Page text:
Pathology

Lymphangioleiomyomatosis Lam Diagnosis and Treatment



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The mysterious disease known as Lymphangioleiomyomatosis has perplexed the medical world since it was first discovered and identified around 1918, and later reported in a medical journal in 1937. Better known as LAM, this rare disease primarily attacks the lungs of women, normally those of child bearing age. Because it is so rare, and similar in symptoms to various other lung diseases, it is sometimes extremely difficult to diagnose.

The disease is caused by muscle cells which grow in the interior of the lung, form into clusters, and eventually cut off airways and the ability to provide oxygen to the rest of the body. While It is estimated that only about 1,000 women in the United States are afflicted with this disease, it is also believed that many others may be affected and as yet undiagnosed. Those who suffer from tuberous sclerosis, a genetic disorder, demonstrate similar symptoms, and some have suggested that there may be some connection between the two. Early signs of the disease are shortness of breath after exertion, and eventually shortness of breath even at rest. Since the clusters of muscle cells can rupture air sacs in the lung, there may sometimes be signs of blood in the sputum, and the disease may cause the collapse of a lung, producing chest pains.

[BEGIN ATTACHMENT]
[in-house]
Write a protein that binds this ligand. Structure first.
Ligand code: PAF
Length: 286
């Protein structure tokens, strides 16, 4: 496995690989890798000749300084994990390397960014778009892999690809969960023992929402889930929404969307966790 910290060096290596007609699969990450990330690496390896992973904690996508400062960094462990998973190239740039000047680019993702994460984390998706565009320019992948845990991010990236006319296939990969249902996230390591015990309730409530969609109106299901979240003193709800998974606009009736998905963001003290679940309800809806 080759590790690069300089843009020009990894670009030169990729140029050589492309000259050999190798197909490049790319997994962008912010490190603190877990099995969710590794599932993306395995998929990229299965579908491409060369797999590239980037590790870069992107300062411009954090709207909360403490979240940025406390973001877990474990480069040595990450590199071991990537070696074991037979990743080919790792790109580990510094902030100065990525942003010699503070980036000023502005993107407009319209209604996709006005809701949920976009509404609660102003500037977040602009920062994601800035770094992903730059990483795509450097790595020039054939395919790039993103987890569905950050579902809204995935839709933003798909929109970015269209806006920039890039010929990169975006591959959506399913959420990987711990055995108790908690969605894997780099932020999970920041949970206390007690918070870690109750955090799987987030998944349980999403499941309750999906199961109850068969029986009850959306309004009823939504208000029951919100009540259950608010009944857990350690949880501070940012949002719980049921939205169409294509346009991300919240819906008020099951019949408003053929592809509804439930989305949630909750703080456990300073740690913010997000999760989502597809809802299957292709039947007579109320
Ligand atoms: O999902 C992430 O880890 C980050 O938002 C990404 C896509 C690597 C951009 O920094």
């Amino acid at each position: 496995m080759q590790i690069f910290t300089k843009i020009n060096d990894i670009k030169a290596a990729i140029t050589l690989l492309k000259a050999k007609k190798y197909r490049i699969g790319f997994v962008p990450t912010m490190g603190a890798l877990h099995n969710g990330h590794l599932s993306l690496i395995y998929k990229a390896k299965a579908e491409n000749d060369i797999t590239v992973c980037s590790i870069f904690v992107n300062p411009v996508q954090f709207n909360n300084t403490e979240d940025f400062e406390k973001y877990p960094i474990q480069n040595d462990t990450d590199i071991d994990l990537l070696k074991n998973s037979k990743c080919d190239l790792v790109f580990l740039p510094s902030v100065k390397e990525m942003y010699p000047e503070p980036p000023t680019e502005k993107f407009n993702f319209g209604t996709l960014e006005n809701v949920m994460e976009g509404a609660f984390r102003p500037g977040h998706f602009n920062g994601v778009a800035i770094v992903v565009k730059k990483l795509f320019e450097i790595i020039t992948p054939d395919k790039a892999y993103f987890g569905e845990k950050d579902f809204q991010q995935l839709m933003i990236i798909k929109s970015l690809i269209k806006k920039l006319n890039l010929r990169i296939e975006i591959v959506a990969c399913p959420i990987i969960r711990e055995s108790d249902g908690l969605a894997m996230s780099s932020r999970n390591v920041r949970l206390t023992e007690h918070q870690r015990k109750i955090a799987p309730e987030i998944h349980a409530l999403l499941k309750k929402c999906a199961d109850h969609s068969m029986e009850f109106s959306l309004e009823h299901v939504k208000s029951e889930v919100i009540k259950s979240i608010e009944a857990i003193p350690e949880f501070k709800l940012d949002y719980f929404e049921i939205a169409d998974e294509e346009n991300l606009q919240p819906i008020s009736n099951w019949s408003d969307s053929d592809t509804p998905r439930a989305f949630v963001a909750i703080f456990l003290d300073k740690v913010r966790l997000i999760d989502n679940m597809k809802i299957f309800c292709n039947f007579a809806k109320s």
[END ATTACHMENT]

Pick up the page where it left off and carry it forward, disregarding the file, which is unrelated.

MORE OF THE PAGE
Most of the symptoms of this disease are similar to other lung diseases such as asthma and emphysema, so a diagnosis generally requires an X-ray, CT scan, or, in some cases a biopsy. CT scans are by and large more accurate than X-rays, and the final diagnosis is generally obtained only after extensive testing by a pulmonary physician.

According to the LAM Foundation, treatment for this disease is performed on a strictly individual basis, since each patient responds differently to various methods. Based on the fact that most cases occur in women between puberty and menopause, it is suspected that estrogen may have some effect, however there is no definite proof. In some cases, oxygen therapy is used, and in the most severe, lung transplants may prove necessary.

Patients with this disease are, of course, advised to lead the healthiest lifestyles possible. They should follow a routine of exercise, proper nutrition, and proper rest. They should also avoid smoking or being in areas that may contain second hand smoke.

While there is no definite determined cause for this disease, research is underway to find a treatment, and to more readily diagnose the problem in its initial stages.



http://www.medscape.com/viewarticle/518317

http://www.thelamfoundation.org/







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